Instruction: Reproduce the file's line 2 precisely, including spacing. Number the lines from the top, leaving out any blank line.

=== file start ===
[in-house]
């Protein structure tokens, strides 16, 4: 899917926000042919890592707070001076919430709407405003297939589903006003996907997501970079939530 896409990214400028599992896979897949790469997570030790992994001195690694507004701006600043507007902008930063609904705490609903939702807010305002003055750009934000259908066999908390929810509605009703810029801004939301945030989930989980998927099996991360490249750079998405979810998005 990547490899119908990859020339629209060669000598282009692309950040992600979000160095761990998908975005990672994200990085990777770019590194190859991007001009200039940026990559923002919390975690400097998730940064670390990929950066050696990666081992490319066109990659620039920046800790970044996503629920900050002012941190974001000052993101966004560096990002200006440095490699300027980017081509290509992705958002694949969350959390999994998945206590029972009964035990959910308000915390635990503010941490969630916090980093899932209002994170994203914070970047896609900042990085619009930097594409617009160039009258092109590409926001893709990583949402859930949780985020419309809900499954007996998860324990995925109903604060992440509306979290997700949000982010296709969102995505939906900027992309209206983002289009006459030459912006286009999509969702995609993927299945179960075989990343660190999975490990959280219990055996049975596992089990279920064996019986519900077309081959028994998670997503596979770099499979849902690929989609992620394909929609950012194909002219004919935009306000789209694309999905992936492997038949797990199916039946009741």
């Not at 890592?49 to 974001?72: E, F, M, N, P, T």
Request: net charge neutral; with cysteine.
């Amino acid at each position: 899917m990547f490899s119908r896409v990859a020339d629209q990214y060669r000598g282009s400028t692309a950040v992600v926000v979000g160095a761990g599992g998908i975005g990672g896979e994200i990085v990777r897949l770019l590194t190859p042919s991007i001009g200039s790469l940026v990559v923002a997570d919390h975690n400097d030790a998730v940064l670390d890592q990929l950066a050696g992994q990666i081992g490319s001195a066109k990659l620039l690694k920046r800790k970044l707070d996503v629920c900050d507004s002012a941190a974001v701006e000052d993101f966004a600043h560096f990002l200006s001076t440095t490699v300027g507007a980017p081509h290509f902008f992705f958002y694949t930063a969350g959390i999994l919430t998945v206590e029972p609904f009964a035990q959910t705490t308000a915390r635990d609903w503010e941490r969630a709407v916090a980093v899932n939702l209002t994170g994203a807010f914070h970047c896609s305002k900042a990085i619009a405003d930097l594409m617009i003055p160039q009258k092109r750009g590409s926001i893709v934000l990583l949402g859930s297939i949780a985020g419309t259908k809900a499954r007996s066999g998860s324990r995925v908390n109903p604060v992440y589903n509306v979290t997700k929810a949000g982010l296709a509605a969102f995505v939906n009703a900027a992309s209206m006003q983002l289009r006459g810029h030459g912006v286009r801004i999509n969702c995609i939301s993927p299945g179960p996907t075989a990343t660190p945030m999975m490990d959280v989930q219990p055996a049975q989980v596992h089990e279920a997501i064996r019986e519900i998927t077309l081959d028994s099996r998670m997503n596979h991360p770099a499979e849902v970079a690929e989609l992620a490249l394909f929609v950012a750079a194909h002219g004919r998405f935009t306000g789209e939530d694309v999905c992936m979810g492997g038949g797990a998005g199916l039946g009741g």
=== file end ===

């Protein structure tokens, strides 16, 4: 899917926000042919890592707070001076919430709407405003297939589903006003996907997501970079939530 896409990214400028599992896979897949790469997570030790992994001195690694507004701006600043507007902008930063609904705490609903939702807010305002003055750009934000259908066999908390929810509605009703810029801004939301945030989930989980998927099996991360490249750079998405979810998005 990547490899119908990859020339629209060669000598282009692309950040992600979000160095761990998908975005990672994200990085990777770019590194190859991007001009200039940026990559923002919390975690400097998730940064670390990929950066050696990666081992490319066109990659620039920046800790970044996503629920900050002012941190974001000052993101966004560096990002200006440095490699300027980017081509290509992705958002694949969350959390999994998945206590029972009964035990959910308000915390635990503010941490969630916090980093899932209002994170994203914070970047896609900042990085619009930097594409617009160039009258092109590409926001893709990583949402859930949780985020419309809900499954007996998860324990995925109903604060992440509306979290997700949000982010296709969102995505939906900027992309209206983002289009006459030459912006286009999509969702995609993927299945179960075989990343660190999975490990959280219990055996049975596992089990279920064996019986519900077309081959028994998670997503596979770099499979849902690929989609992620394909929609950012194909002219004919935009306000789209694309999905992936492997038949797990199916039946009741």